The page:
Dad’s demise?

 
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 By  Ray O’Reilly

Having kids is no longer the preserve of married couples, or couples full stop, it now seems. That’s all good and well, but does it mean dads will soon be surplus to requirements? No way!

15 October 2009

Preparing this story is messing with my head. Last night I had a dream that men were social outcasts, allowed to enter the forbidden ‘city of women’ but once a year – fertilisation time.

(Visually, the dream was something between The Wicker Man, pagan murder mystery, and The Matrix, just a stupid film.)

Now, I’m reconstructing this dreamscape, trying to imagine the chain of events leading to this sci-fi Béguinage, and I wonder if the first step has already been taken in the form of modern fertility science.

In vitro fertilisation (IVF) treatment has already made the penis optional in reproduction and pushed back nature’s body clock so women well into their 40s can have children.

Changes in social and moral moorings, influencing or influenced by legal changes, obviously play their part in this chain, too. For example, lesbian couples can now get IVF treatment here in Belgium, making Brussels a popular “fertility tourism” destination especially for lesbians from France, where treatment is restricted to heterosexual couples. 

My dreamscape could include a scene about generous social welfare systems in European countries and more child-friendly working environments, making it easier for single mothers to raise children without fathers.

(No comment on whether this is by choice, but it is prudent to mention here the steadily growing divorce rates in Europe, and mothers’ predominance in child-rearing.)

So, my chronicle of absent fathers is now drawn: clearly, we are optional today, so who is to say we won’t become redundant in the child-raising scene of tomorrow.

I am. And I’ve got some good evidence – economic, social, biological, emotional and health – for the defence counsel’s case for why dads are not, and will never be, altogether dispensable. 

Case for dads

Dads and male influence around the house are as important as ever. US reports[1] claim children in “father-absent homes” are five times more likely to be poor and twice as likely to drop out of school (‘economic’, check). And youths without an involved father are at higher risk of substance abuse, crime and delinquency (‘social’, check).

A Canadian study[2] has proved that having males around the place affects brain activity – at least in California mice couples which are known to rear their offspring together like we do. The researchers removed fathers from the nests soon after the babies were born and studied the pups’ brains – the parts known to influence personality and social interaction – for signs of chemical changes, such as in oxytocin levels (a hormone also called the “cuddle chemical” because of its connection with social bonding). Pups deprived of fathers responded less to oxytocin, the study discovered, and were less interested in engaging with other mice (‘biological’, check).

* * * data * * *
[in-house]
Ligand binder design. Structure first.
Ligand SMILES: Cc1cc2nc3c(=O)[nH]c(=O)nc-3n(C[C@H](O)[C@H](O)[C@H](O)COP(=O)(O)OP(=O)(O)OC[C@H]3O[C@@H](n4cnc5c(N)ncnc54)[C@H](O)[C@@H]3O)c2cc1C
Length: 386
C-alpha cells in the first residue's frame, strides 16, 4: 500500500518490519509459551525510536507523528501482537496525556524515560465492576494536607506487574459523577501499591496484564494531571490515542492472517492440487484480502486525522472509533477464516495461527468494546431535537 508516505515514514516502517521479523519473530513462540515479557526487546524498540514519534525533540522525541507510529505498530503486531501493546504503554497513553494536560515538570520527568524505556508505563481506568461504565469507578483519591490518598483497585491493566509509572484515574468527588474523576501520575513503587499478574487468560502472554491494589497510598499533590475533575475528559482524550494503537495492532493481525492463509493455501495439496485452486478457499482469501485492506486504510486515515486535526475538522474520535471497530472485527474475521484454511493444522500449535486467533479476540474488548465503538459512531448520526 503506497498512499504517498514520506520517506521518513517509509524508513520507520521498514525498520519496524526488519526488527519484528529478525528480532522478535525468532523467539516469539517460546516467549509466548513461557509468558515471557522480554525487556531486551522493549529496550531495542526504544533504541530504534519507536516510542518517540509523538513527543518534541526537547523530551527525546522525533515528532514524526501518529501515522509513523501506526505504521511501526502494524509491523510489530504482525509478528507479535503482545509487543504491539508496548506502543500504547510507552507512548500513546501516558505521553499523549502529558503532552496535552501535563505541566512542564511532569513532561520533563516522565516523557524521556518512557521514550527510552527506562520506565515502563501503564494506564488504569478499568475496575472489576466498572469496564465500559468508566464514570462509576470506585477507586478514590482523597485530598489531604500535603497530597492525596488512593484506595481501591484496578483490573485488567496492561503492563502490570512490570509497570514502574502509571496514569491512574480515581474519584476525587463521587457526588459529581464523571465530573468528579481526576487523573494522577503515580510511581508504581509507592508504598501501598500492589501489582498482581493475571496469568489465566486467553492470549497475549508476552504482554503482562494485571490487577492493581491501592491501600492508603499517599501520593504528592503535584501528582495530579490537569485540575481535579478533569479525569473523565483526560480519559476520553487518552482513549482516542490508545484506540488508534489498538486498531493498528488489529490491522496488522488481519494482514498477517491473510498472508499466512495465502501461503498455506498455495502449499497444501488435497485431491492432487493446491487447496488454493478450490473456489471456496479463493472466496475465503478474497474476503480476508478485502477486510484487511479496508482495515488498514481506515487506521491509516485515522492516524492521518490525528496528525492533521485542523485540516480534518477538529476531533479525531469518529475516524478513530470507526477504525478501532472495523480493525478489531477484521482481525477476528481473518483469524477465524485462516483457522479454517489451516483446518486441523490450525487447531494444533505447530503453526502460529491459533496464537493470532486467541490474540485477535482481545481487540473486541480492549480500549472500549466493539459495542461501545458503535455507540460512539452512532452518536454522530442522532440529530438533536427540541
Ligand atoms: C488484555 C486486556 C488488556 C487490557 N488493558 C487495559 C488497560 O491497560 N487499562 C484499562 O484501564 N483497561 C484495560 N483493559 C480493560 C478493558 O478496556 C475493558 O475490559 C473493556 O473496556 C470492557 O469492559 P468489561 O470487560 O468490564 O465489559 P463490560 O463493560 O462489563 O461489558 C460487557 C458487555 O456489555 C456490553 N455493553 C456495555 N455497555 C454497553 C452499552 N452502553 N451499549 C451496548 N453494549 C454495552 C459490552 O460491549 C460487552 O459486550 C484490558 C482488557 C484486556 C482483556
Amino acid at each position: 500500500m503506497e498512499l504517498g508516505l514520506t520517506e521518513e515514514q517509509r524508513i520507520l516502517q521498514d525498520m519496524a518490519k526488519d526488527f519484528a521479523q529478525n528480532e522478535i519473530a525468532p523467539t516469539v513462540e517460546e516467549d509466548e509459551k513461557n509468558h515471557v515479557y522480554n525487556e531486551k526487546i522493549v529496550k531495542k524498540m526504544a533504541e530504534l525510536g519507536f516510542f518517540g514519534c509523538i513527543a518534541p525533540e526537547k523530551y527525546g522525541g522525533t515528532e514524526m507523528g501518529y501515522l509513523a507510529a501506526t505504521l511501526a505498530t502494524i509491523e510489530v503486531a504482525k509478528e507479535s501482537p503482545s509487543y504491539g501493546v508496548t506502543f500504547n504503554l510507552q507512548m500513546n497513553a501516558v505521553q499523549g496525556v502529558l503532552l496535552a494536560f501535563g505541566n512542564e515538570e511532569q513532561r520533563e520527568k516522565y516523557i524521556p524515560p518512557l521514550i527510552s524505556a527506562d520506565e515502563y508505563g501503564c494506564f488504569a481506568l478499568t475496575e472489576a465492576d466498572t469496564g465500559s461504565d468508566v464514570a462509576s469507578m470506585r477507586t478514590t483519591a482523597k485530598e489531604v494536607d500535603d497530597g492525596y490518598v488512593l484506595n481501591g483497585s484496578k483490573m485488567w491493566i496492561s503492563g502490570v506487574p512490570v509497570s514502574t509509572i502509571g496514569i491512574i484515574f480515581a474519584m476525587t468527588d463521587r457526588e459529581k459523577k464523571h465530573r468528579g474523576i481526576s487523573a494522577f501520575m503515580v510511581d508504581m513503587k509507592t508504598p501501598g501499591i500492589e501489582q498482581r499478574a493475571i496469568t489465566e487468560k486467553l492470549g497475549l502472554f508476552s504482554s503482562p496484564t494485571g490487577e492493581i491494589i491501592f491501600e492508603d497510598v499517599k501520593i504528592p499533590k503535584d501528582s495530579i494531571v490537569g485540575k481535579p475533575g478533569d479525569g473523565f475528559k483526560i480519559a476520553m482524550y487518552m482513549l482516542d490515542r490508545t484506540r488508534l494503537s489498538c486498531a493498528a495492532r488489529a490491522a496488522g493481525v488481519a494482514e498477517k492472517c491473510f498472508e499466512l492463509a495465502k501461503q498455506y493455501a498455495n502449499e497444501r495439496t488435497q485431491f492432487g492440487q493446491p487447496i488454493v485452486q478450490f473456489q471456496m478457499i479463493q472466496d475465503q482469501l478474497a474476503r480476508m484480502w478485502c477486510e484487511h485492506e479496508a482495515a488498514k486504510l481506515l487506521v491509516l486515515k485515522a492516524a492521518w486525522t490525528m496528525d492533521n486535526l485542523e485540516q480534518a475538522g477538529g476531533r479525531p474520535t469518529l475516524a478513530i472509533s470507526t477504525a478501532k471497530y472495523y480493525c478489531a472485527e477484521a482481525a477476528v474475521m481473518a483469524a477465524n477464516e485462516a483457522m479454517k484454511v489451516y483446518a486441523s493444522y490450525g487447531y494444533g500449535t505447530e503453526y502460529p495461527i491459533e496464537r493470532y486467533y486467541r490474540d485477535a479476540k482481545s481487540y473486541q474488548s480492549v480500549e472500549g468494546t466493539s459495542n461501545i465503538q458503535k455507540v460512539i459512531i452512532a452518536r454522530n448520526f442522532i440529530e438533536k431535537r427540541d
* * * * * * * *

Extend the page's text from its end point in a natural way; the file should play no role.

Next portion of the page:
Kindergarten-age children from single-parent or step-families are below average in three development areas – health, social and emotional, and cognitive. Being raised by a single mother has been associated with earlier menarche (the beginning of menstruation) and greater risk of teen pregnancy. Infant mortality rates are 1.8 times higher for unmarried mothers than married ones. Single mothers are much more likely to experience a bout of depression than married ones (‘health & emotional’, check).

Seriously, do I have to go on? Dads matter alright.

A version of this article first appeared in (A)Way magazine. It is republished here with the author’s permission. © Copyright Ray O’Reilly.

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Read more facts and stats about fatherhood

1 Taken from the National Fatherhood Initiative. Comprehensive EU-wide statistics do not appear to exist.

2 Reported in the New Scientist ‘Fathers aren’t dispensable just yet’ (22 July, 2009)

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 Posted by at 11:48
  • James Stourt

    The risk of inability to conceive through cancer treatment might be better compared to medical doctors as well as patients understand. Nearly all ladies identified in their Early twenties and Thirties who want kids sometime should be given the choice of freezing their eggs or even embryos, San Francisco Bay Area male fertility experts say.

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  • Ray

    [To Anna]
    Like menstrual synchronicity, it’s probably neutral on the news scale, I’d say (-:

    But there is something a bit freeky, from a male’s perspective, that women somehow synch while living together. You’d get yourself burned for less a few hundred years ago.

    But seriously, cheers for the comment. Always good to have some value-added on your stories.

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  • Anna

    The onset of period in young girls with absent fathers is an interesting one, though difficult to see how a “value” can be attatched to this piece of knowledge: Is it positive or negative? Neutral and pure survival I suppose. Women who live together under the same roof often have synchronised periods.

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